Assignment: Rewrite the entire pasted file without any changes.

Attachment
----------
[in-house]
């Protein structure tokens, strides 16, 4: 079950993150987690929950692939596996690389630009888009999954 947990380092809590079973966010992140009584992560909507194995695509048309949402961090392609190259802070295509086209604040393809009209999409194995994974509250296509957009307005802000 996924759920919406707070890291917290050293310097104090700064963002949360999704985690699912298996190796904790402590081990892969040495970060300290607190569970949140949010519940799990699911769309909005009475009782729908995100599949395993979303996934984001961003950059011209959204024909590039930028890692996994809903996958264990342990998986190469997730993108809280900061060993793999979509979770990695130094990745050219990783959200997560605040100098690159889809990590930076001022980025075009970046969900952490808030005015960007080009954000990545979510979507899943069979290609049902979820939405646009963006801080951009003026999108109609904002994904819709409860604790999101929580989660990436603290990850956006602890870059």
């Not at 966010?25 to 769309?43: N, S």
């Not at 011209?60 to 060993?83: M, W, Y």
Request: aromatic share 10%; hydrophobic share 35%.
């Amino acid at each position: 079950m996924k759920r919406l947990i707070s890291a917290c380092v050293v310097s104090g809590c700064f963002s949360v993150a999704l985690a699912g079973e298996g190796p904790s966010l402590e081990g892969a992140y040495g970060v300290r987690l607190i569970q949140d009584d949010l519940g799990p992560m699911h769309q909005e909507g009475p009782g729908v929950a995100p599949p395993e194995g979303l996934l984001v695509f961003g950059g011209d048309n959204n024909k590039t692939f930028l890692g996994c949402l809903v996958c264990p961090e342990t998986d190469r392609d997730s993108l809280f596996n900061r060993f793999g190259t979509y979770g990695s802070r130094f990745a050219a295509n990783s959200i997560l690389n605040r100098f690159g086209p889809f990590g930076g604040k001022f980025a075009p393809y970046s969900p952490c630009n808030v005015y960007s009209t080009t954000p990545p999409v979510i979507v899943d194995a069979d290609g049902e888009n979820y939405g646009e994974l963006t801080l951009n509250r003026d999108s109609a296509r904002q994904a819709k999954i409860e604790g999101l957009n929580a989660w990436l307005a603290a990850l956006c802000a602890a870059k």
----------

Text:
[in-house]
């Protein structure tokens, strides 16, 4: 079950993150987690929950692939596996690389630009888009999954 947990380092809590079973966010992140009584992560909507194995695509048309949402961090392609190259802070295509086209604040393809009209999409194995994974509250296509957009307005802000 996924759920919406707070890291917290050293310097104090700064963002949360999704985690699912298996190796904790402590081990892969040495970060300290607190569970949140949010519940799990699911769309909005009475009782729908995100599949395993979303996934984001961003950059011209959204024909590039930028890692996994809903996958264990342990998986190469997730993108809280900061060993793999979509979770990695130094990745050219990783959200997560605040100098690159889809990590930076001022980025075009970046969900952490808030005015960007080009954000990545979510979507899943069979290609049902979820939405646009963006801080951009003026999108109609904002994904819709409860604790999101929580989660990436603290990850956006602890870059």
């Not at 966010?25 to 769309?43: N, S």
């Not at 011209?60 to 060993?83: M, W, Y």
Request: aromatic share 10%; hydrophobic share 35%.
């Amino acid at each position: 079950m996924k759920r919406l947990i707070s890291a917290c380092v050293v310097s104090g809590c700064f963002s949360v993150a999704l985690a699912g079973e298996g190796p904790s966010l402590e081990g892969a992140y040495g970060v300290r987690l607190i569970q949140d009584d949010l519940g799990p992560m699911h769309q909005e909507g009475p009782g729908v929950a995100p599949p395993e194995g979303l996934l984001v695509f961003g950059g011209d048309n959204n024909k590039t692939f930028l890692g996994c949402l809903v996958c264990p961090e342990t998986d190469r392609d997730s993108l809280f596996n900061r060993f793999g190259t979509y979770g990695s802070r130094f990745a050219a295509n990783s959200i997560l690389n605040r100098f690159g086209p889809f990590g930076g604040k001022f980025a075009p393809y970046s969900p952490c630009n808030v005015y960007s009209t080009t954000p990545p999409v979510i979507v899943d194995a069979d290609g049902e888009n979820y939405g646009e994974l963006t801080l951009n509250r003026d999108s109609a296509r904002q994904a819709k999954i409860e604790g999101l957009n929580a989660w990436l307005a603290a990850l956006c802000a602890a870059k």